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Discussion Starter · #1 ·
Hey All,

thanks for taking the time to read. Pulled my forks ('72 CL350) apart yesterday for inspection, clean-up, new oil, etc. My left fork leg damping rod does not want to expand.

IMG_2198.jpg

Closer inspection of the lower oil hole suggests it was compressed to heavily.

IMG_2197.jpg

I'm guessing the compressed metal is pinching the internals from expanding. Any thoughts on how to remedy??

Cheers
 

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I think internal corrosion or some coagulated goo may be your problem. Try soaking it in some solvent for awhile and try to work it free.
 

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The one that is out the furthest almost looks too long. When the spring is in place it should be just a bit longer than the rod as you have to compress the spring to put the cap on.

I've never seen that much difference in any that I've taken apart.
 

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Discussion Starter · #6 ·
Thanks Boomer. Yeah, it really extends and there doesn’t feel like there is any spring in it. This is my first experience with these type of damping rods so am not sure what to expect.

Are they supposed to be “springy”?
 

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I know on the end of the rod there's a piston, and I think there's a small spring either above or below it.
 

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Discussion Starter · #8 ·
On the rod that's moving there sounds like a piston/plunger action going on. However, if there is supposed to be some spring action happening, there's none. After soaking the stuck rod for two days in PB Blaster it still won't budge. Might try to 'uncrimp' it - I'm thinking that the piston/plunger may be pinched at the bottom by the compressed metal.

I'm really unsure of how they are to function out of the forks.
 

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I have a old one cut up that I could post a pic if you're interested. I'm thinking there's not a spring involved. At least not above the piston. I don't think they able to be easily disassembled. If the pipe is kinked out of round the piston will be stuck hard to fix. Maybe try threading some nuts on the rod and use a crescent wrench as a slap hammer to free it up.
 

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Discussion Starter · #10 ·
Thanks very much Lefty - if it’s not too much trouble I’d really appreciate an idea of what’s going on in there. I’ll give your idea a try to free it up as well.
Cheers!
 

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Here shows the piston construction. When compressed oil easily flows through the holes, displacing and flowing by the thin washers located by the groove. During the rebound, the washers block the flow(except for a tiny cutout), providing more damping.
IMG_0898.JPG
I think the steel cylinder may be threaded onto the aluminum base, but it's hard to tell. Can anyone confirm?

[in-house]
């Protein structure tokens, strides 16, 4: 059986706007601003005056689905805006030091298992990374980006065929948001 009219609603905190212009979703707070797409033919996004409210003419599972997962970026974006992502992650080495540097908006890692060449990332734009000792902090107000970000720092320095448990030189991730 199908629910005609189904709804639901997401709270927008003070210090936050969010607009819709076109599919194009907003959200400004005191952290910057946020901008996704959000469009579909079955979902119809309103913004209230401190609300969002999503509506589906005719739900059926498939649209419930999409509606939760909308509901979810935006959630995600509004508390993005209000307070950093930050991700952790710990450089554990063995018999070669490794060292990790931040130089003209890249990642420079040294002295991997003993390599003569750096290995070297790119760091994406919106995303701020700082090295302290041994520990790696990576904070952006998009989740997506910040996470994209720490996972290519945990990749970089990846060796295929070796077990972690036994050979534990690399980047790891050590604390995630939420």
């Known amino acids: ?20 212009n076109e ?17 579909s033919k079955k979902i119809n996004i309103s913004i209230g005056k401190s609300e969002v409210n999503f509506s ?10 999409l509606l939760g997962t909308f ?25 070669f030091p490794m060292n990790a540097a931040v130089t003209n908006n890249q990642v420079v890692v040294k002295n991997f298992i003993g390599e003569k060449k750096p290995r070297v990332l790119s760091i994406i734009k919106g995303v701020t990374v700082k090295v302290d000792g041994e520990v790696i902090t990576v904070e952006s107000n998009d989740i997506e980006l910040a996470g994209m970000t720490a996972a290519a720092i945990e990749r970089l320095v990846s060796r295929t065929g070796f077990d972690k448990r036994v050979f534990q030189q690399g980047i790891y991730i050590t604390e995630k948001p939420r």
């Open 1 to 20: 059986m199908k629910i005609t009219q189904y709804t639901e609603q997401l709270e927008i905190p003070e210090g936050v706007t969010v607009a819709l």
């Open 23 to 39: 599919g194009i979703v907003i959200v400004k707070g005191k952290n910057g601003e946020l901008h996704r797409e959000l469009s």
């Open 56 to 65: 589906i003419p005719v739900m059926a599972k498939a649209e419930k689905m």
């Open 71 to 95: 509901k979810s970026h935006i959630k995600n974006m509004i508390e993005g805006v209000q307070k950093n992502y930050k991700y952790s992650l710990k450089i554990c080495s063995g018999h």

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Discussion Starter · #12 ·
Thanks very much Lefty for posting that. It explains a lot. So no spring in it then? I’m surprised that I couldn’t find a cut away anywhere to show how it’s made up.

It does look like it is possibly screwed together like you said. Going to work on it Sunday to see if I can free it up.

Much appreciated!
Cheers
 

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Hey I ran into the same issue. Big thanks to Lefty for that cut view. Helped a ton.

I inserted a steel drift into the bottom bolt hole of the damper assembly (the bolt hole near the wheel axle) and knocked it loose.

I didn’t experience this when I rebuilt the left side... so this was a head scratcher for me. the rod gets gummed up at the top and very bottom end of the total rod travel. I think the inner wall of the damper assembly gathered some gunk over the years... the top and bottom end of travel probably didn’t see much action and it accumulated. That’s my best guess. I’ll make sure both forks feel the same once it’s all reassembled.

thanks,

jronfr
 

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. . . So no spring in it then? I’m surprised that I couldn’t find a cut away anywhere to show how it’s made up.

It does look like it is possibly screwed together like you said. Going to work on it Sunday to see if I can free it up.
Here you go:





It's interesting that you posted this. I didn't even realize that Honda used this damper rod suspension, but I had a Honda FSM that showed it. By coincidence, I have a pair of 1968 BSA 650 Lightning forks apart right now on my workbench. They used damper rods from 1966 through 1968. The pair I have were far nastier than what you found, and the replacement parts are expensive to say the least -- as in more than this old bike is worth. Yet, I may be stupid enough to pursue it.

Ray
 
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